The following is the introduction to the last chapter in my new book How Orchids Rebloom. This intro explains what you will need to know to properly diagnose orchid (or any plant) problem.
DIAGNOSING AND SOLVING ORCHID PROBLEMS
DIAGNOSING A PROBLEM – “Is My Orchid Doing Ok?”
When you first start growing orchids, you learn things like how much light to provide, how to water, and what temperatures to provide. Over time as you acquire a few more orchids, you’ll need to learn how to repot them (luckily you have the book How Orchids Rebloom.
Then one day…you notice that one of your orchids doesn’t look quite right. A leaf is yellow, the plant isn’t growing leaves as big as it used to. You ponder, “Is my orchid doing ok?” The ability to recognize, properly diagnose, and correct a problem will greatly improve your success reblooming orchids.
I’ve answered literally thousands of “orchid problem” questions over the years and have distilled all of these questions into this Chapter and other parts of How Orchids Rebloom. This chapter will help you diagnose plant problems and get you started figuring out “What’s wrong with my orchid?”
I use language like “may be due to” or “could be”, because no book, including this one, cannot for sure tell you what is wrong with your orchid. Nobody can 100%, for sure, tell you what is wrong with your orchid, unless they are looking at it in person, or see a good photo of it. You may ultimately need to take your plant to an orchid specialist at a garden club, nursery, etc. and have someone actually look at your plant.
“Correlation Does Not Imply Causation”
Just because two events correlate or occur at the same time, does not mean that one caused the other to happen. For instance, just because you see a bug on your orchid when your orchid is looking sick, doesn’t mean the bug made your orchid sick; the plant might just be too cold, too hot, overwatered, etc. Correlation does not imply causation.
“Everything is Connected”
The problems you encounter are often not the result of one single cause. Multiple factors are often interrelated, and as is said, “everything is connected.” For example, lack of light will not only prevent reblooming for some orchids, but it can also increase the likelihood the pot stays too wet and the orchid additionally suffers from “overwatering.” Another example, is using a pot that is too large, which prevents air from reaching the roots, which increases the chances the roots rot.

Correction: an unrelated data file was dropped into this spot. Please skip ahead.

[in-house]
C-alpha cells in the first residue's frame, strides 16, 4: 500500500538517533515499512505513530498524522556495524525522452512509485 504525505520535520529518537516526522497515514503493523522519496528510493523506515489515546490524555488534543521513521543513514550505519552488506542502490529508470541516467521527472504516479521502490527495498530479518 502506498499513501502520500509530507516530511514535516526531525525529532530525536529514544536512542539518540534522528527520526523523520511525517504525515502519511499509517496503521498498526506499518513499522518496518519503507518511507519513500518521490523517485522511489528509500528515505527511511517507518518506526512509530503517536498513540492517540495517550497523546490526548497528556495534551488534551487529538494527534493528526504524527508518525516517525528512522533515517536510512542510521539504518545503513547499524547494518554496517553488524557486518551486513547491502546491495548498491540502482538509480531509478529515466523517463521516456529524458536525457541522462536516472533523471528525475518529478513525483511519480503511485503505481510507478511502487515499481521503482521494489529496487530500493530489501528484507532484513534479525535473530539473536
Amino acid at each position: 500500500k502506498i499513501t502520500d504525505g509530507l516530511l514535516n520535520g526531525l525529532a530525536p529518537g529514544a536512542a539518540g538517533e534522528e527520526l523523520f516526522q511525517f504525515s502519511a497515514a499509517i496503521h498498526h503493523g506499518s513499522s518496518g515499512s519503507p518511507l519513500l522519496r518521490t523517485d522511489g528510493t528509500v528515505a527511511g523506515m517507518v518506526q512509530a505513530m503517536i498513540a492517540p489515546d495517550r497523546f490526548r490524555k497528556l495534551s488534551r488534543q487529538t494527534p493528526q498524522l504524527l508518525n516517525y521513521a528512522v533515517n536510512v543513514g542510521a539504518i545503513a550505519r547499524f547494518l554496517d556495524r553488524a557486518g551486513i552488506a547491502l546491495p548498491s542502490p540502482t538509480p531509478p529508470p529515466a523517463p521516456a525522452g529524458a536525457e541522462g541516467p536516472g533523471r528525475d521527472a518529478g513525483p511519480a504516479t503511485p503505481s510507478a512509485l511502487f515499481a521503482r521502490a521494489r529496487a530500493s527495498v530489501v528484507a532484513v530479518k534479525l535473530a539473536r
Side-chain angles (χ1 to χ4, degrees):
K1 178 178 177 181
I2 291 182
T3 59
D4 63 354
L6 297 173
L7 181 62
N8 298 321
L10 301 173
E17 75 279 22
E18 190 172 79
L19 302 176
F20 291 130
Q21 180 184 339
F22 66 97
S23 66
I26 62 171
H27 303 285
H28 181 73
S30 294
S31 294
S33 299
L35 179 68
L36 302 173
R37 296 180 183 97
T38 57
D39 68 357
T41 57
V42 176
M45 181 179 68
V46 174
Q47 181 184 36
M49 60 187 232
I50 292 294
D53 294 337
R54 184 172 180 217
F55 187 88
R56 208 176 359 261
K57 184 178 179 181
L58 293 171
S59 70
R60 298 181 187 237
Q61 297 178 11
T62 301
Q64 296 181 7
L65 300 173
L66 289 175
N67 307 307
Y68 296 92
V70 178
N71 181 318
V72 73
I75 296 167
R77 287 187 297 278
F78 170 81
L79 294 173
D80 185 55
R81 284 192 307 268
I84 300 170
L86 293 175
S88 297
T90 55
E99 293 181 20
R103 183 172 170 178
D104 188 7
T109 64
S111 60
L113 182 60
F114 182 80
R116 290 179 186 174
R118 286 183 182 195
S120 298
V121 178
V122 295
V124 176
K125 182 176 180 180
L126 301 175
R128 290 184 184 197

What You Must Know
To start, the ability to differentiate between the oldest and the youngest leaves on any plant is a powerful tool to help you assess the health of that plant, especially with orchids. For instance, it is common for the oldest leaf of an orchid, or any plant, to eventually turn yellow and fall off. However, if any of the youngest leaves look damaged or discolored, something is definitely wrong.
Being able to discern the youngest from the oldest leaves will empower you to answer questions like: Should I be concerned that this leaf is turning yellow? Is this plant getting too much water? Where will I see the next flower spike?
You must be able to distinguish between the oldest and youngest parts
of your orchid plant to properly assess the health of your orchid plant.
Next, the ability to differentiate between healthy and dead roots greatly helps you assess the health of your orchid plant. However, the roots aren’t visible, unless the orchid growing in a clear plastic pot. So sometimes you will need to gently slip the orchid out of the pot and inspect the roots if you suspect a problem.
Healthy roots are firm, whitish-gray to greenish-white with a shiny green or reddish green tip. Dead roots are soft, dry and/or and mushy ranging in color from brown to gray to black. It is common for some of the oldest roots to occasionally die. However, if all the roots are rotted, the plant definitely has a problem. An orchid is far more likely to recover from its traumatic event if it still has some living roots.
Another way to assess the health of your orchid
is by taking it out of the pot and inspecting the roots.